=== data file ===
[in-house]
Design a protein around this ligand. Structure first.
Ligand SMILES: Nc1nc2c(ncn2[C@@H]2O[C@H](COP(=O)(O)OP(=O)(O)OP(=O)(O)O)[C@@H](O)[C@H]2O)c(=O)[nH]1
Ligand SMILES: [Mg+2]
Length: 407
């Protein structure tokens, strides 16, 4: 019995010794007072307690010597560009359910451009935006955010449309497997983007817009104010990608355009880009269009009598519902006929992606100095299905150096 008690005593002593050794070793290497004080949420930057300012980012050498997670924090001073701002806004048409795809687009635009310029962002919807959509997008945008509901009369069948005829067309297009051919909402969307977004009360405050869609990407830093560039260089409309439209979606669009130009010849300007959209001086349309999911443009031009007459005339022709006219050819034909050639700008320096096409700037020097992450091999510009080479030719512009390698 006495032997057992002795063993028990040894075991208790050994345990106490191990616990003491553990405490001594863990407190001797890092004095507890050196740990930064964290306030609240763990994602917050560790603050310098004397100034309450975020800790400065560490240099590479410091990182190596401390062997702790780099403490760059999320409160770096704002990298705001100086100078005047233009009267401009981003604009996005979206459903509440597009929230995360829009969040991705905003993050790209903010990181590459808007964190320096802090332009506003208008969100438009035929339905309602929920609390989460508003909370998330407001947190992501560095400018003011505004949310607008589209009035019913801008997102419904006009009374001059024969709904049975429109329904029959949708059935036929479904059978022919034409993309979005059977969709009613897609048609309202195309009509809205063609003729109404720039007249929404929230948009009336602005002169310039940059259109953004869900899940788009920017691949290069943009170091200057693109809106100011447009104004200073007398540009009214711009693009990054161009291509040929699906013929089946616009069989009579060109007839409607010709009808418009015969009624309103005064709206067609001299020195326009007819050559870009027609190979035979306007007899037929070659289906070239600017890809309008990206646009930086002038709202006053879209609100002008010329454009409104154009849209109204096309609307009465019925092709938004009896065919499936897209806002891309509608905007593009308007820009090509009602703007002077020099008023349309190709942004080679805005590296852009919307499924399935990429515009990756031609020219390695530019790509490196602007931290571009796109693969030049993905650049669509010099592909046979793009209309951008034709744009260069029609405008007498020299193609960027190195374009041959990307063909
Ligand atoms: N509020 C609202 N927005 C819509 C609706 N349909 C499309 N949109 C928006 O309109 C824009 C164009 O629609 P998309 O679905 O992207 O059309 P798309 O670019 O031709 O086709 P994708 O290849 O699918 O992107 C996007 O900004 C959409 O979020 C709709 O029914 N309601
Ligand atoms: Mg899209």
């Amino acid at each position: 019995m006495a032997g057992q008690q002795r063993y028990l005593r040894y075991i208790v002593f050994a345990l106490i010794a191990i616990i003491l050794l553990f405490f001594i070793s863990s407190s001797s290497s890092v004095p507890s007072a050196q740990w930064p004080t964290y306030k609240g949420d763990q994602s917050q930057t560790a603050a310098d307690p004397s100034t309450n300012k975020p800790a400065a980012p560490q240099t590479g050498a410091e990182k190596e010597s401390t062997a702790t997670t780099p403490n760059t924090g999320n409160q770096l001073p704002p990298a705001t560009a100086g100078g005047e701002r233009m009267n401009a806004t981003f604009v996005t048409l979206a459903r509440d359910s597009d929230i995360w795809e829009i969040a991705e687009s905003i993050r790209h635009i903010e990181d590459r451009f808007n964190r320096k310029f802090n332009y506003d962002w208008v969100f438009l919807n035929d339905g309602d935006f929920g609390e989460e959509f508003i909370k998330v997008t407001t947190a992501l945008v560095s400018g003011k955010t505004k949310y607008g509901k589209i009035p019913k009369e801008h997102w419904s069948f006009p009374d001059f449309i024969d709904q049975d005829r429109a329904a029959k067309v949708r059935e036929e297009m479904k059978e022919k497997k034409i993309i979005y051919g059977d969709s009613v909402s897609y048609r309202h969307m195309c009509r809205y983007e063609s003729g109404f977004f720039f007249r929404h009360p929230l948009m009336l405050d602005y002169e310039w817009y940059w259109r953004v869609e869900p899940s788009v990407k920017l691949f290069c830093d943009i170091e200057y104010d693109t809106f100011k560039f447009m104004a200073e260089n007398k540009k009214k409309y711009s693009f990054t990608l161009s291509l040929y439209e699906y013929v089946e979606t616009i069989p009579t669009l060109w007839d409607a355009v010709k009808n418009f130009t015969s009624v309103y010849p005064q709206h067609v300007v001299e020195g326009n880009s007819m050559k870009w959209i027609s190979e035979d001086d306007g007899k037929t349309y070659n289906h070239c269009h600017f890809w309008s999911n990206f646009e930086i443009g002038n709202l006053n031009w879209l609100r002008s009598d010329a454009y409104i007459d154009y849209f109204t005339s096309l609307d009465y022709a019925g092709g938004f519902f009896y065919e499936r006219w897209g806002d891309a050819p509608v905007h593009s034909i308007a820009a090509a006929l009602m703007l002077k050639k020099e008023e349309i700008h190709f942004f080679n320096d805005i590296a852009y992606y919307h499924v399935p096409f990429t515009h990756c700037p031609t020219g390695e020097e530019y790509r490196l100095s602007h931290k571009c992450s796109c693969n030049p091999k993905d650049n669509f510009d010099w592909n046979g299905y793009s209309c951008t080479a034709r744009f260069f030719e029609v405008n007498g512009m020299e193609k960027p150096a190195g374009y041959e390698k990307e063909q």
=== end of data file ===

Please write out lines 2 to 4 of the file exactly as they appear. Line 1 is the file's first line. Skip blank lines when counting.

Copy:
Design a protein around this ligand. Structure first.
Ligand SMILES: Nc1nc2c(ncn2[C@@H]2O[C@H](COP(=O)(O)OP(=O)(O)OP(=O)(O)O)[C@@H](O)[C@H]2O)c(=O)[nH]1
Ligand SMILES: [Mg+2]